You know, the Twin Towers were 28 when they fell, he said, picking his beer glass up off the table. I mean, it had been 28 years, 5 months, and seven days since they were inaugurated, but nobody counts all that when they’re counting. April 4, 1973, to, well, it doesn’t matter, until April 4th comes again. You die at any point in the year you’re 28, you’re 28 forever. Although it does get complicated when you talk about them as they were- you know, a complex. One and two, they opened in ‘73, but they started filling with tenants in ‘70. Three, they were building that until ‘81, I think? Seven they didn’t finish until 1987. And here is the issue: this superstructure they were building, it was supernumerated from its conception- spilling out of notation, taxonomy, bridging between systems of counting but never settling in one or the other.

By this point he had started to move, slowly, from his spot at the head of the table.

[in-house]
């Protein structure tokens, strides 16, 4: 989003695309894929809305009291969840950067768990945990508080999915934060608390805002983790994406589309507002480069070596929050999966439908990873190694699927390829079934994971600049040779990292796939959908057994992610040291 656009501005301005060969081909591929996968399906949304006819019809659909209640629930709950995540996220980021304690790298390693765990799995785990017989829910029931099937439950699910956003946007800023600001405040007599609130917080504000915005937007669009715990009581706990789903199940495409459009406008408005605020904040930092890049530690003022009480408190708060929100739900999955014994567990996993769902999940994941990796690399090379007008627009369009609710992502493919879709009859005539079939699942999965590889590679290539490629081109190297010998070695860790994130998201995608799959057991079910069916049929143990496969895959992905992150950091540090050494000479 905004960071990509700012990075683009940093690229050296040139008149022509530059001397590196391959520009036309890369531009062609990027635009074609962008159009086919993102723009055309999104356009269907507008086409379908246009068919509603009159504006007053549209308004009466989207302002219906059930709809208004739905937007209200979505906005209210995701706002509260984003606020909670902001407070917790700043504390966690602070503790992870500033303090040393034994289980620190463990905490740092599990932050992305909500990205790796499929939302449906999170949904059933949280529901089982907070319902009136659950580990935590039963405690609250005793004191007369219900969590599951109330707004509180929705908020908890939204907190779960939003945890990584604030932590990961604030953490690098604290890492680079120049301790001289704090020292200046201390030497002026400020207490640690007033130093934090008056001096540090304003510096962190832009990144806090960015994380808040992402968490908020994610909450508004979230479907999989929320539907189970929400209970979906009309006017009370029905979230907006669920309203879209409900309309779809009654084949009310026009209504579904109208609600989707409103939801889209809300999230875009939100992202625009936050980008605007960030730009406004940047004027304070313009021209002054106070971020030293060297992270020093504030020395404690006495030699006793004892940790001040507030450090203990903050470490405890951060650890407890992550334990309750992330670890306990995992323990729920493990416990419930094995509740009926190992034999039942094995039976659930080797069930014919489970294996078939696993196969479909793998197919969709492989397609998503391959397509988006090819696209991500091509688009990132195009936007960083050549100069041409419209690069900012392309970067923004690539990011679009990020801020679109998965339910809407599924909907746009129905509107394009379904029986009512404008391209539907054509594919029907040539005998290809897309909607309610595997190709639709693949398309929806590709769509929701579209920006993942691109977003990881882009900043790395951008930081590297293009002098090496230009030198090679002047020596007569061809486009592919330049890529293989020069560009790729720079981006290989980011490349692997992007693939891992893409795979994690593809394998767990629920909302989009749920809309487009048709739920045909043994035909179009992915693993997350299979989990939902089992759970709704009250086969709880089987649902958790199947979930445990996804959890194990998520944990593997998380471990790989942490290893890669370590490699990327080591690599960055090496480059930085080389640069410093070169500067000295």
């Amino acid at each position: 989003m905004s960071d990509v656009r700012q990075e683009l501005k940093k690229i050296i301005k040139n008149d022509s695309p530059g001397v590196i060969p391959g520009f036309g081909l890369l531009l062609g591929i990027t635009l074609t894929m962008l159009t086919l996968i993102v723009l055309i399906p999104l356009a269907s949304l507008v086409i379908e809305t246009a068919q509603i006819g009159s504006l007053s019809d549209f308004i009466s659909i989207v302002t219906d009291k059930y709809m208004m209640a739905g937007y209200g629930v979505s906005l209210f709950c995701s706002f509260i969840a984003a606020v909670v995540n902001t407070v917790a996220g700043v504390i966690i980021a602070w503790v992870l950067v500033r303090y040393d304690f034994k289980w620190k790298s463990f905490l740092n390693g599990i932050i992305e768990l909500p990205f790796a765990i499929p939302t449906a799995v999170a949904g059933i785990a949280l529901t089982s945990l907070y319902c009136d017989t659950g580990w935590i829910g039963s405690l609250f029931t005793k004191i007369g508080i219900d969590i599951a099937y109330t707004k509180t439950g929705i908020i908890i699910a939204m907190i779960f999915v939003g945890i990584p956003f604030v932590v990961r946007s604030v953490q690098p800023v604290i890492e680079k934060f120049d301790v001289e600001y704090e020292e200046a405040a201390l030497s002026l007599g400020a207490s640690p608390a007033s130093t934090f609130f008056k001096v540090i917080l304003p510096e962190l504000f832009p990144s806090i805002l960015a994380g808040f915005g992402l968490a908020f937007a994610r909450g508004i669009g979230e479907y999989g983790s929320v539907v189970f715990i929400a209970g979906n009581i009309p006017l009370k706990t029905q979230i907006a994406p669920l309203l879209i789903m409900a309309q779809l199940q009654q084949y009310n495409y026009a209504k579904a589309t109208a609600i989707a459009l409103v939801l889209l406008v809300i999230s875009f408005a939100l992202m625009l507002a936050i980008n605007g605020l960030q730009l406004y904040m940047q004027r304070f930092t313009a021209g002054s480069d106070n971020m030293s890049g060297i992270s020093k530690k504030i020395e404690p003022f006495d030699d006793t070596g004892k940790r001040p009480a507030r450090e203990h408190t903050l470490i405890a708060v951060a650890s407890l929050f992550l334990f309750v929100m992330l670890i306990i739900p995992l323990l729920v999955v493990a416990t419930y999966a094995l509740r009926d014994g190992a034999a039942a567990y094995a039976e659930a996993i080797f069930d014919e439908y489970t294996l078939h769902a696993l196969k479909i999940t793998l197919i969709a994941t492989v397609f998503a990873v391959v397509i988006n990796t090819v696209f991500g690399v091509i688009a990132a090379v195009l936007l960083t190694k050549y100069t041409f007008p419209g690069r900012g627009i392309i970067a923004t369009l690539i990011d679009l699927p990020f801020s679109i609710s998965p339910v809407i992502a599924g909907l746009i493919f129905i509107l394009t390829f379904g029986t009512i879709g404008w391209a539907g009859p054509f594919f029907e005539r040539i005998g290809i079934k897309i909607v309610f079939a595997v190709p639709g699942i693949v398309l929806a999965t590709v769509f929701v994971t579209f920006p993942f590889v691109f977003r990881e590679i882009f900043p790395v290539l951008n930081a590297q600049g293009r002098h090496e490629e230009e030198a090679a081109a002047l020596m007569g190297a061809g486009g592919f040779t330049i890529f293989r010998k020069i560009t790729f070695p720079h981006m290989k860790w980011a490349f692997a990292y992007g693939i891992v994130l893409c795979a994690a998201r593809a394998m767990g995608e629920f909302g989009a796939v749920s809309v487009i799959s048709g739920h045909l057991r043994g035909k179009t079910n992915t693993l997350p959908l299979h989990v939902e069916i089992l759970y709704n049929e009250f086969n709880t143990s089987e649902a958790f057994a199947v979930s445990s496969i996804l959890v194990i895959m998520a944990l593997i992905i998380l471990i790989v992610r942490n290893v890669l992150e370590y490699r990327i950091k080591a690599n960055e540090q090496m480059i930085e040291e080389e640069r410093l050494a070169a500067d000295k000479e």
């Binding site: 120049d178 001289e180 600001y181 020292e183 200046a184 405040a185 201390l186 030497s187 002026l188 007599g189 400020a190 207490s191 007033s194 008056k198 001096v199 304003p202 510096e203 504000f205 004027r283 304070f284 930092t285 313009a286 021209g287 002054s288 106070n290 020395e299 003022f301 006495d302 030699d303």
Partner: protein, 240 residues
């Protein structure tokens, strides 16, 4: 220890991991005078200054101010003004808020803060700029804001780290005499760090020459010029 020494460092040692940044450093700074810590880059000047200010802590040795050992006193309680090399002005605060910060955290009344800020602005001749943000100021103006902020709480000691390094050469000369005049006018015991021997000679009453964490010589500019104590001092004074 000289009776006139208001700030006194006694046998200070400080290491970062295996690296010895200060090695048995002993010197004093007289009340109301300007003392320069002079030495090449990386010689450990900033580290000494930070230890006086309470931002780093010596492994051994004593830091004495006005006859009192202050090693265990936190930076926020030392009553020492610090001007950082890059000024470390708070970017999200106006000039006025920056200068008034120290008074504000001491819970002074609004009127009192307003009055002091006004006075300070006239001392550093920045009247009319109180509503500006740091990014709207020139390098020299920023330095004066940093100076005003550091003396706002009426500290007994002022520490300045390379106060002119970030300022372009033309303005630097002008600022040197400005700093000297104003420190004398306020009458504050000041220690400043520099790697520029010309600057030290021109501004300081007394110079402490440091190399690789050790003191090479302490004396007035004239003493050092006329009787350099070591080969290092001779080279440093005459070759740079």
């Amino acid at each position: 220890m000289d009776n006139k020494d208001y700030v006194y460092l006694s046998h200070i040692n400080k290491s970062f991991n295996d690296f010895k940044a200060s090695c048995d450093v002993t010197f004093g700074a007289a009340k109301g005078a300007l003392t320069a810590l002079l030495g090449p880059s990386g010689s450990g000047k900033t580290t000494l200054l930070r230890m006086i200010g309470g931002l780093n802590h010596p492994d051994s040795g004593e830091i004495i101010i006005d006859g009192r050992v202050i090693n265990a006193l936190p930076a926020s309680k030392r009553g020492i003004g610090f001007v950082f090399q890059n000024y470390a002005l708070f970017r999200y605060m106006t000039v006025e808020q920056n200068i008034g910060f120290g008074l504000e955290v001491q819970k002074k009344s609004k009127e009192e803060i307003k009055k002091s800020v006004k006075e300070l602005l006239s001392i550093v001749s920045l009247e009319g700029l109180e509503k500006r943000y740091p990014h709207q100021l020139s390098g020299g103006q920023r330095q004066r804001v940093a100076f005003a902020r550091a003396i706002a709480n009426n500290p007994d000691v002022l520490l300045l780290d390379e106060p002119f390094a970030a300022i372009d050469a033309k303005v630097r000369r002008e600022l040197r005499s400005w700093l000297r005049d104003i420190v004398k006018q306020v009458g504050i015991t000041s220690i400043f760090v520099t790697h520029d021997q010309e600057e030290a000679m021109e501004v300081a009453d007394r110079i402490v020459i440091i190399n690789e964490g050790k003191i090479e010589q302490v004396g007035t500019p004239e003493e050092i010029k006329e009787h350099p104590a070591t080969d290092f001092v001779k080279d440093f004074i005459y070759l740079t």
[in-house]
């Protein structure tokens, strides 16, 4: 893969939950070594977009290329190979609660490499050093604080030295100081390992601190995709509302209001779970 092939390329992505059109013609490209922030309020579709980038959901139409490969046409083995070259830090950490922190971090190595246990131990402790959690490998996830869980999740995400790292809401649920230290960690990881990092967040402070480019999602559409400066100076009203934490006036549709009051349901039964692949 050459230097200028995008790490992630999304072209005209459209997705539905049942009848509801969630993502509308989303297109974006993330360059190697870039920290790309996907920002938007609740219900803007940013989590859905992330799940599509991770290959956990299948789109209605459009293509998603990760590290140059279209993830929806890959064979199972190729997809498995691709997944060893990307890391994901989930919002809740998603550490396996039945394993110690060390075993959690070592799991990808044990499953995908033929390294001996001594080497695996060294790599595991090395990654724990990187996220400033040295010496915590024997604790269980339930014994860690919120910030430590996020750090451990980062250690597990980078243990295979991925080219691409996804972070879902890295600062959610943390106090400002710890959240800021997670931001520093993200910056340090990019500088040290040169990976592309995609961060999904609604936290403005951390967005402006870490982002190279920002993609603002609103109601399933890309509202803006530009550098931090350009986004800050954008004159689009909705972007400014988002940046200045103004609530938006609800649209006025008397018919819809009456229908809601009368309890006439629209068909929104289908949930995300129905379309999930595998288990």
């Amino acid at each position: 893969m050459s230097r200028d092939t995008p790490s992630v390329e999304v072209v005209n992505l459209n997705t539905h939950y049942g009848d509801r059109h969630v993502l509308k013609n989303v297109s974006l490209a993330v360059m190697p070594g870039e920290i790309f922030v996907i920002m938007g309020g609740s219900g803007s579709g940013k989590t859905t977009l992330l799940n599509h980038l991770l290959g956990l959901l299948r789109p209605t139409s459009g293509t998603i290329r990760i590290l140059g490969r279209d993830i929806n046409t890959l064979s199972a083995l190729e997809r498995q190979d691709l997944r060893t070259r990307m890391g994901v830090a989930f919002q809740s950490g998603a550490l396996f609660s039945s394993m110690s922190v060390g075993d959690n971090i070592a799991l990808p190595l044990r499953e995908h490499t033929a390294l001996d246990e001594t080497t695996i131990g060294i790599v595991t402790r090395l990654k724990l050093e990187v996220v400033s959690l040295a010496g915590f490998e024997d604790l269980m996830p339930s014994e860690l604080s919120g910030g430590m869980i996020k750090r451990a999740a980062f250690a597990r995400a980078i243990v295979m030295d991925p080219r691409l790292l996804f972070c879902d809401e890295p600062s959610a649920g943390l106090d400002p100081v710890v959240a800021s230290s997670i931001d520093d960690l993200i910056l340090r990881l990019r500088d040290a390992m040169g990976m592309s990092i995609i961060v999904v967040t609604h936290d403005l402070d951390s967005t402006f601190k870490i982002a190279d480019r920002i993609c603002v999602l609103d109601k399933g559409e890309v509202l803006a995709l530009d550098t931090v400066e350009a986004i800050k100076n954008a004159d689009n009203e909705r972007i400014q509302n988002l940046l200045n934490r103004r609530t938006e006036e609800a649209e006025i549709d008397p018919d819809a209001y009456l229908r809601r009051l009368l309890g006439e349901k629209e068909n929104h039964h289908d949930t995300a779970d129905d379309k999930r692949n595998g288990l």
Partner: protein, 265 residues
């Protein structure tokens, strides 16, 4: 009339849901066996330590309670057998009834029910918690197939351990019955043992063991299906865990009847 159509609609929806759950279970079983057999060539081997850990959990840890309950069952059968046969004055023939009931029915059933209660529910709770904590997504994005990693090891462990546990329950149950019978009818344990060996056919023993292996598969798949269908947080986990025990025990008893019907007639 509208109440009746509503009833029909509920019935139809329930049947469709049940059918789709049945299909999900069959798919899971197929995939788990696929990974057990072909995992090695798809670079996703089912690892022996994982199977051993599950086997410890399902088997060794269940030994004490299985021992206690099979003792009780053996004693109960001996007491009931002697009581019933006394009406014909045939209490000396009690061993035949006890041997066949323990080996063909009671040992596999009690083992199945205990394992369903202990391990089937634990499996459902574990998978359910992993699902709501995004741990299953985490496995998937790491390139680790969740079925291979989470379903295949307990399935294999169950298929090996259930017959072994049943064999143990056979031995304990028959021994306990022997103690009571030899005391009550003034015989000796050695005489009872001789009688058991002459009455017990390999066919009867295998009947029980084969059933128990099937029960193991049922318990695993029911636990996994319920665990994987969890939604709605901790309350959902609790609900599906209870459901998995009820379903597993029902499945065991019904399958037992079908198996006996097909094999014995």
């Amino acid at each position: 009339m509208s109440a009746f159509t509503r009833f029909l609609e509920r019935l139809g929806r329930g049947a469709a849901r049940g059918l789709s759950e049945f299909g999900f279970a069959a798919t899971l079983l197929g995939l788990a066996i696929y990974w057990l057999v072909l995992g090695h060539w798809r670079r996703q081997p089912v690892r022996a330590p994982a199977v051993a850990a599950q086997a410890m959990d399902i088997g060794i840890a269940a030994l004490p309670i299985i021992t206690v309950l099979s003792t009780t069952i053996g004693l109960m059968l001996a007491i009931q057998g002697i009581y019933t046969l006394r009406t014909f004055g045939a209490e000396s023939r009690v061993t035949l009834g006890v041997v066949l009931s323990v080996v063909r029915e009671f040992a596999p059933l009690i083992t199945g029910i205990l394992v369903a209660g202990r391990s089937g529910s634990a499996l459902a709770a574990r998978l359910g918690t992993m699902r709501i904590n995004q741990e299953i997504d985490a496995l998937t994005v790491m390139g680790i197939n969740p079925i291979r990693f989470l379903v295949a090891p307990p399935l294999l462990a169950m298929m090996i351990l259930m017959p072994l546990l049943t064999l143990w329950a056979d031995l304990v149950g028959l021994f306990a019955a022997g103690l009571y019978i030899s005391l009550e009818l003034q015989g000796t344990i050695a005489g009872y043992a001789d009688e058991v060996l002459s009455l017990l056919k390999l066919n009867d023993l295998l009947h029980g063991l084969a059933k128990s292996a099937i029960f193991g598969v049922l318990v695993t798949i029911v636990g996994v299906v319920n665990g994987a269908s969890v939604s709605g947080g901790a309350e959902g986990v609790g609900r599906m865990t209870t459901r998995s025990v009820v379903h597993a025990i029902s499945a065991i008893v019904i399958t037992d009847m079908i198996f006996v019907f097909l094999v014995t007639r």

I mean, all the way back in ‘61, at the very start, you see it. Port Authority, which is actually an interstate agency born from the messy cleaving of New York and New Jersey at and on and under the Hudson River and it’s estuaries- this extra and intra legislative bureau, which no one votes on, by the way,it’s all appointees in this uneasy power share alliance between governors- in ‘61, they start making plans for a center for trade in Manhattan at the encouragement if David Rockefeller- but don’t worry, that’s not where I’m going with this, it’s not some Rockefeller-Rothschild-IMF thing, I promise, it’s something else- but anyway by ‘65 the Port Authority has seized wholesale under eminent domain block after block of downtown Manhattan, they called it Radio Row then, and they start blasting it apart. Gone. These shops, storefronts, the center for ham radio, parceled up and shipped off to Canal Street, 45th, the Metrotech. And they replace all that with the megablock. The complex, and it’s two megamachine antennae. The boxes that the Chrysler and Empire State came in, they called them.

His beer glass was slick in his hand. It wasn’t slipping, not yet, but he did have to reach down and readjust, steady it on the flat of his palm. Then he lifted the glass up to eye level. On the other side of the sepia was his girlfriend, at the far end of the table, and a few pale faces, distending in the curve of the glass as they turned to follow him.